Last night's 4 Corners made for uncomfortable viewing, and not just for CommInsure policyholders, although they have many reasons to worry if they ever need to make a claim.
All investors want to make an acceptable return on their capital. Most want to do so with a clear conscience. Today, some Commonwealth Bank shareholders might be feeling that's no longer possible.
If you followed the financial planning scandals of 2014, the joint ABC/Fairfax investigation into the Commonwealth Bank's insurance arm has a familiar plot: forged and deleted documents; small-print gotchas; sacked whistleblowers; human misery; profit maximisation at all costs; defensive management; and a corporate regulator missing-in-action.
There is, however, one notable difference. Whereas the advice scandal pushed people into financial misery to make a few bucks, this time the bank is preying on customers with extremely serious health problems, some of whom are terminally ill, to save a few bucks. Same but different.
Narev's shame at the harrowing cases Adele Ferguson put to him during the programme was palpable and apt.
Shareholders might try and assuage any discomfort by reaching for the 'bad apples' argument. The bank has 46,000 employees and annual revenues of over $23bn. It's inevitable that an organisation of this size will suffer a scandal or two and Narev subtly made that case by offering to meet with a handful of victims rather than own up to a broader problem.
Unfortunately, this position won't wash. In both scandals, senior staff alerted management to the malpractice. Both were subsequently sacked. In the advice scandal, the bank had to be dragged kicking and screaming to a compensation scheme for its victims after trying to short change them. Change was promised but now, two years later, the same unethical, fraudulent behaviour reappears.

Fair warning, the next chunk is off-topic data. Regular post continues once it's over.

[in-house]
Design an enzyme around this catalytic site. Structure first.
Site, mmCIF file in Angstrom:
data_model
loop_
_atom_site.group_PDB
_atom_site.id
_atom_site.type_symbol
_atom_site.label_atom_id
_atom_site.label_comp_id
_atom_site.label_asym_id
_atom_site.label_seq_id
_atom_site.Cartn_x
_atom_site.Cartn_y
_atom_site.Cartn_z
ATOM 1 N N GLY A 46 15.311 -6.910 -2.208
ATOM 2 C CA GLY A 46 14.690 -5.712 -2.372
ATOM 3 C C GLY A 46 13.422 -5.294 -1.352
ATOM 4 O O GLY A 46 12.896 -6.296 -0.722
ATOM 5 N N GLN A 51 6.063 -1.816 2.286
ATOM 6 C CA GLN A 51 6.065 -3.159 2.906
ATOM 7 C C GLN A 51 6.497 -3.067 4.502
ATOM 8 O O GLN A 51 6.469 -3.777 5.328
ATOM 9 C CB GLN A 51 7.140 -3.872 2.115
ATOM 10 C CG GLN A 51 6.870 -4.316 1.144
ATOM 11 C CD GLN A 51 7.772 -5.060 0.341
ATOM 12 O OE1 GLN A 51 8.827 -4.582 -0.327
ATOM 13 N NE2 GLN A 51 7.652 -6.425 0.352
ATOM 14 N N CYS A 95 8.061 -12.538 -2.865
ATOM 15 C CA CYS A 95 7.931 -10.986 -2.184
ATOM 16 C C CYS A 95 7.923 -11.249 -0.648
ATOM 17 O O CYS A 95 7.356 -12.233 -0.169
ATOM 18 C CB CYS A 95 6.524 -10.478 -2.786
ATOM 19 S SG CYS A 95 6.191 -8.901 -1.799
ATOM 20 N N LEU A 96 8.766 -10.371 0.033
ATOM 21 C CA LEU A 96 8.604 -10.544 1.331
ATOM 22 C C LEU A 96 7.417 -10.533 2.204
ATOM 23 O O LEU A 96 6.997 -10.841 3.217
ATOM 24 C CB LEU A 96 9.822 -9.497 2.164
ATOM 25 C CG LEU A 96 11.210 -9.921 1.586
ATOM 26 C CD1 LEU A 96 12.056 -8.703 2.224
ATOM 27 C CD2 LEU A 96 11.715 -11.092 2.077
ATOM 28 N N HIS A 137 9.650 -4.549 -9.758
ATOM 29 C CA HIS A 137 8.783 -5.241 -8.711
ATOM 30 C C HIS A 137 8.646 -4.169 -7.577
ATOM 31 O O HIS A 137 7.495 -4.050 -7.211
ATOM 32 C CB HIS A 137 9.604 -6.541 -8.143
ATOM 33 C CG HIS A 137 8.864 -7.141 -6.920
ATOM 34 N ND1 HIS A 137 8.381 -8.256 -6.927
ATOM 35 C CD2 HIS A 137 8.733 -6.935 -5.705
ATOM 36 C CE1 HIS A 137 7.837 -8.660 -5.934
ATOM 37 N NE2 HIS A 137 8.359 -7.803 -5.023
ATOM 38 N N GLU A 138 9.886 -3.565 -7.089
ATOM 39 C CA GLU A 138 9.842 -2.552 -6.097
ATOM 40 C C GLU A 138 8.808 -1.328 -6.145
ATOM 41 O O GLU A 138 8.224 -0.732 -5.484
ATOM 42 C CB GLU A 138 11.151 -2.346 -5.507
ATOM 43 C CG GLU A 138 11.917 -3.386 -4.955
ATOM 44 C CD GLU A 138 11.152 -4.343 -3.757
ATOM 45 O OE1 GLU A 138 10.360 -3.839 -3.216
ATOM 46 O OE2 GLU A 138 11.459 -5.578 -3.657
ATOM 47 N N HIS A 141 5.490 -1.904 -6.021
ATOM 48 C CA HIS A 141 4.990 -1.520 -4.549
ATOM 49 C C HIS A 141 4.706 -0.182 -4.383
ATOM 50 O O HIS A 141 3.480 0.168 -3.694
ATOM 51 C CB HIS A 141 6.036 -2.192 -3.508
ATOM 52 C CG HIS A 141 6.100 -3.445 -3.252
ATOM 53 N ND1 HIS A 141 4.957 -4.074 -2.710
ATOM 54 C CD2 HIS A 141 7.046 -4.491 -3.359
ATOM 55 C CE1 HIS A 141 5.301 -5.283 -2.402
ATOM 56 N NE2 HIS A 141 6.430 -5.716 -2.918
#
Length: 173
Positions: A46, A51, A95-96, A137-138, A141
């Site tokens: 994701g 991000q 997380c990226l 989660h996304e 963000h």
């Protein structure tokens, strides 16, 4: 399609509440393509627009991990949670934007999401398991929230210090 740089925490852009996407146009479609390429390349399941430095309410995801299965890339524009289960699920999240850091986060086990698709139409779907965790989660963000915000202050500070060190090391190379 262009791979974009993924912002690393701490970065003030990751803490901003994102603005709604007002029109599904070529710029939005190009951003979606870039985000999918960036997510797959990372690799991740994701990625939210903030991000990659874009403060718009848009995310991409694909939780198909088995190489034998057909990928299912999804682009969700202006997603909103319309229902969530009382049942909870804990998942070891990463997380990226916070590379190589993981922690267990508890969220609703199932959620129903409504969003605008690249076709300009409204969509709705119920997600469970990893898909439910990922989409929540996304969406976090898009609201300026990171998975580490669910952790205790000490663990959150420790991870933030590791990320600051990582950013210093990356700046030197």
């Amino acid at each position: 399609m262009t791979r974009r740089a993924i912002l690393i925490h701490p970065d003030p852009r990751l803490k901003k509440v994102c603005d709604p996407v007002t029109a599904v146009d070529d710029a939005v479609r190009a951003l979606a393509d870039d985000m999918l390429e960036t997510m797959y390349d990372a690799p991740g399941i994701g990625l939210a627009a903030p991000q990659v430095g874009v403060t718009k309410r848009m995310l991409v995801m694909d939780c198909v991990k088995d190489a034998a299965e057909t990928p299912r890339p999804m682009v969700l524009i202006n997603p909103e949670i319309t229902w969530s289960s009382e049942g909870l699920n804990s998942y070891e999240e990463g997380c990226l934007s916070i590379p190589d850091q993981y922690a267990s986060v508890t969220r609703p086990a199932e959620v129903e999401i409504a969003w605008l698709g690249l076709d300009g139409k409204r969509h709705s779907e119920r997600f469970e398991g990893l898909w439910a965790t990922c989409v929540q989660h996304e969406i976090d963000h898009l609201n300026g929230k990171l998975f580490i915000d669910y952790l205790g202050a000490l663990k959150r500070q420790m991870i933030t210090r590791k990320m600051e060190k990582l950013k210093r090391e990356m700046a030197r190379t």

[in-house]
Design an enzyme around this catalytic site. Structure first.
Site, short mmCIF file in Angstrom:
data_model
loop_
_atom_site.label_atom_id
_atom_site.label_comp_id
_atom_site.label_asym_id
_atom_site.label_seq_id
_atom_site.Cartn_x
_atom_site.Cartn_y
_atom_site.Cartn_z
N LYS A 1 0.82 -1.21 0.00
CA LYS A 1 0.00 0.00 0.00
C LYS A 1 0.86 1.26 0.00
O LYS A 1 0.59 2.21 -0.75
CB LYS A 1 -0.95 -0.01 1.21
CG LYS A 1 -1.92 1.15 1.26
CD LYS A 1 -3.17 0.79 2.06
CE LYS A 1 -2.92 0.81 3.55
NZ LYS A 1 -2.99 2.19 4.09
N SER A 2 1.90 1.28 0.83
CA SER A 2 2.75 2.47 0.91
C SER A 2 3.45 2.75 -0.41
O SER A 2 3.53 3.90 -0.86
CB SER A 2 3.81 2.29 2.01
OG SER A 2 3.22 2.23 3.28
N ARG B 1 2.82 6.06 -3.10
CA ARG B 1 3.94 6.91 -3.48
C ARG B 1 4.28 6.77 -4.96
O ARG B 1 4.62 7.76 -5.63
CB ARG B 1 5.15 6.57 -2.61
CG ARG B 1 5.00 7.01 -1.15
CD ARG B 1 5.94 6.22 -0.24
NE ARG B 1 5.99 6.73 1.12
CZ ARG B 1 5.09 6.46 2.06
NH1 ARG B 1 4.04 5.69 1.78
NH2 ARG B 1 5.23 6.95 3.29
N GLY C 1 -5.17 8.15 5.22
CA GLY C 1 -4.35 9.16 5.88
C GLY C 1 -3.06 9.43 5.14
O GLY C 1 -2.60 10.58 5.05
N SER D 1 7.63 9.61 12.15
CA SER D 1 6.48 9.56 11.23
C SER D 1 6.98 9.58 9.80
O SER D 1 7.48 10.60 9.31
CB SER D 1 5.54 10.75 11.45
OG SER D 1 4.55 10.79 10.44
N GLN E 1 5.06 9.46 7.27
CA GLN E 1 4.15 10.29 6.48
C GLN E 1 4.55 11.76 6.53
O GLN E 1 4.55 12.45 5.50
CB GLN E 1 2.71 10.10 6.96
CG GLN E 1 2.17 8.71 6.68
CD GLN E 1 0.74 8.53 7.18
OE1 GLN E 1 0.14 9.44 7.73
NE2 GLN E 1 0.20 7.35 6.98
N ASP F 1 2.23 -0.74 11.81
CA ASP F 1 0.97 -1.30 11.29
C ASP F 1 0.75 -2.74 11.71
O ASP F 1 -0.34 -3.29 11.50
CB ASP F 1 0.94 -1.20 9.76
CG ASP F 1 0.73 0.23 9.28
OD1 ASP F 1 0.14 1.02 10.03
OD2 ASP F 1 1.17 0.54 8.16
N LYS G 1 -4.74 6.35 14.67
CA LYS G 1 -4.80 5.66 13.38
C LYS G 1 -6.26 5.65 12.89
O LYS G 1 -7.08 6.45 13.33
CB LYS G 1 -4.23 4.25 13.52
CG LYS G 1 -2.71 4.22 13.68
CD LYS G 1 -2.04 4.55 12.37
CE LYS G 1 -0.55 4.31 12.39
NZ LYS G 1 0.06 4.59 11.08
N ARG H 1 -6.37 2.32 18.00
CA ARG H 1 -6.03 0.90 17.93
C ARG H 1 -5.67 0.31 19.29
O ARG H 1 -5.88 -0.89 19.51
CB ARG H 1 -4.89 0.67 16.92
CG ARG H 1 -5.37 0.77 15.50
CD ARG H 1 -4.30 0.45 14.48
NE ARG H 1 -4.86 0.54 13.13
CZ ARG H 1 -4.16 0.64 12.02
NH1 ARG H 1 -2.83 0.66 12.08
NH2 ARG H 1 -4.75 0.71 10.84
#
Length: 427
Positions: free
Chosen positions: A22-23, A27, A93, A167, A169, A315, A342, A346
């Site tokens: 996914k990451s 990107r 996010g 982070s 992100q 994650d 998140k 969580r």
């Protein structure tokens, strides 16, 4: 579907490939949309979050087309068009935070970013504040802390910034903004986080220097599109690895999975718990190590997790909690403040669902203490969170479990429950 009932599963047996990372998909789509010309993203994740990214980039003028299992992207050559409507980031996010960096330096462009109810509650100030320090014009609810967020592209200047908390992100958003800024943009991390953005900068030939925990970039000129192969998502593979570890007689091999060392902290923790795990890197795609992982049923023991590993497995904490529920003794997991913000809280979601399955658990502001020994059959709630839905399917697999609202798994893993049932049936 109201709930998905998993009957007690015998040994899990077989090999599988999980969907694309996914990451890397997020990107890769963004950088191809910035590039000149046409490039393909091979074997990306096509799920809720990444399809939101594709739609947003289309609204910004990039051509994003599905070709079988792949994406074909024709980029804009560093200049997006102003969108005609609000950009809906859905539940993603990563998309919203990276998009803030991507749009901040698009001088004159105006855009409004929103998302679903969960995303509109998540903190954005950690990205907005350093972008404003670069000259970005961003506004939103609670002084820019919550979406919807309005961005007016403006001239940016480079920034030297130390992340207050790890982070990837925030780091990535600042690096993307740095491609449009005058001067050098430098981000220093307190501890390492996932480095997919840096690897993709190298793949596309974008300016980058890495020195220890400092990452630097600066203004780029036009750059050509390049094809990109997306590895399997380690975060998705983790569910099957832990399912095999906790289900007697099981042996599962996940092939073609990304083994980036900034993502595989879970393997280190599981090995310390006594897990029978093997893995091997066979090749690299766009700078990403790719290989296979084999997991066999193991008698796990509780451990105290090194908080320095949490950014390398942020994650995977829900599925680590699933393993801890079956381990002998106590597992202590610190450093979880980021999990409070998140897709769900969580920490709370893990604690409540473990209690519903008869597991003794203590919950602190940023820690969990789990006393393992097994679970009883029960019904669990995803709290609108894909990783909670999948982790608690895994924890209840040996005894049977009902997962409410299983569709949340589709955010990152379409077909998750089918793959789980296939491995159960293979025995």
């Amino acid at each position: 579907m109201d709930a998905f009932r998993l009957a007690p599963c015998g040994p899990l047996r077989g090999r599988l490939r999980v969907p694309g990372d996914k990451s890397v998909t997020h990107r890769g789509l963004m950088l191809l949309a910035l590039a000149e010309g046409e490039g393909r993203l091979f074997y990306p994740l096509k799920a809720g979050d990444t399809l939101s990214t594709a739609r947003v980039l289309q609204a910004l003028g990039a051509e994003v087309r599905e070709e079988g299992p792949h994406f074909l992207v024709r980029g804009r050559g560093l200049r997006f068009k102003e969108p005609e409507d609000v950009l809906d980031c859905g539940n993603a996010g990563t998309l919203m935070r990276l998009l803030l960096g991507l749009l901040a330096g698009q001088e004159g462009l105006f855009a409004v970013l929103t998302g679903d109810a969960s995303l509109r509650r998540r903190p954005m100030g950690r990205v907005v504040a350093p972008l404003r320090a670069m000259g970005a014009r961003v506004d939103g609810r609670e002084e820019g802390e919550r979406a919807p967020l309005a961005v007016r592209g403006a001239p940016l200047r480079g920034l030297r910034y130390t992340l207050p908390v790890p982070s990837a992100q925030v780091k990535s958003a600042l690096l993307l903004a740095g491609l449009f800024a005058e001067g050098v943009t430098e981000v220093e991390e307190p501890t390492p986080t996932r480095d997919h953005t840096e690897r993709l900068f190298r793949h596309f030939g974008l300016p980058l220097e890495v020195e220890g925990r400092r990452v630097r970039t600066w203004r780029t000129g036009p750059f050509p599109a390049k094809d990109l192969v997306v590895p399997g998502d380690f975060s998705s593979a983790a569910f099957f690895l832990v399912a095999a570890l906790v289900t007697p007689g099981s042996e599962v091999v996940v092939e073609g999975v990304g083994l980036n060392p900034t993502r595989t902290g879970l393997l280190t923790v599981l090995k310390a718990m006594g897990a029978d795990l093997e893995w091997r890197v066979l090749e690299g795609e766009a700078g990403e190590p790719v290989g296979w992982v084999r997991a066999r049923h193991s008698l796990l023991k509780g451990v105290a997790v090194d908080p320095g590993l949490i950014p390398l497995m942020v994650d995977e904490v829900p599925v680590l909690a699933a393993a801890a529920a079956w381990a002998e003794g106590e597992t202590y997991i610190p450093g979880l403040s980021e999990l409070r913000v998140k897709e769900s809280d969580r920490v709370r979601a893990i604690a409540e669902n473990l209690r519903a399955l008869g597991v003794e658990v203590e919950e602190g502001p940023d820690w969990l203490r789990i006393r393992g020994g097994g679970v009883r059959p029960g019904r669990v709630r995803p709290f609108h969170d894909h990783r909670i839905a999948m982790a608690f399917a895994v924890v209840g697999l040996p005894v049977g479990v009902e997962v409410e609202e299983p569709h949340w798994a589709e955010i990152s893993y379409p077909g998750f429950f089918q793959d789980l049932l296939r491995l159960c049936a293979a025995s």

You can bet that over the coming weeks the number of cases will increase in direct proportion to the publicity these early cases receive, just as they did when the financial planning scandal came to light. Bad apples will soon fill every truck, revealing that this is a systemic problem, one where a rotten, sales driven culture harms vulnerable people in the most brutal way imaginable.
Abolishing commissions on risk products like life and TPD insurance, as is the case with most financial products, is a no-brainer at this point but what else?
In CBA branches across the country staff may be wondering why they're working for an organisation that treats people like this. They might also know that this is not a culture that changes behind close doors. The length that advice victims are having to wait to get recompense is evidence of that.
With a toothless corporate regulator - one that initially let CBA design its own compensation scheme – unable or unwilling to force change, a Royal Commission into the finance industry, with CBA its focus, is warranted.
Whether we get one or not is another matter because CBA has taken out its own insurance policy, donating almost $100,000 to the Coalition in the 2014-15 year. Nor is CBA alone. Since 2010, the finance sector has donated over $5m to the major political parties, a pitifully small amount if it helps avoid a Royal Commission.
Over the coming months we'll find out whether our politicians will pay out on that policy and rebut such calls, as they did over the advice scandal, or succumb to public pressure by saying enough is enough.
In the meantime, investors with an ethical bent face a dilemma. If CBA has a rotten culture and there is no real prospect of that changing, do you really want to remain on the share register?
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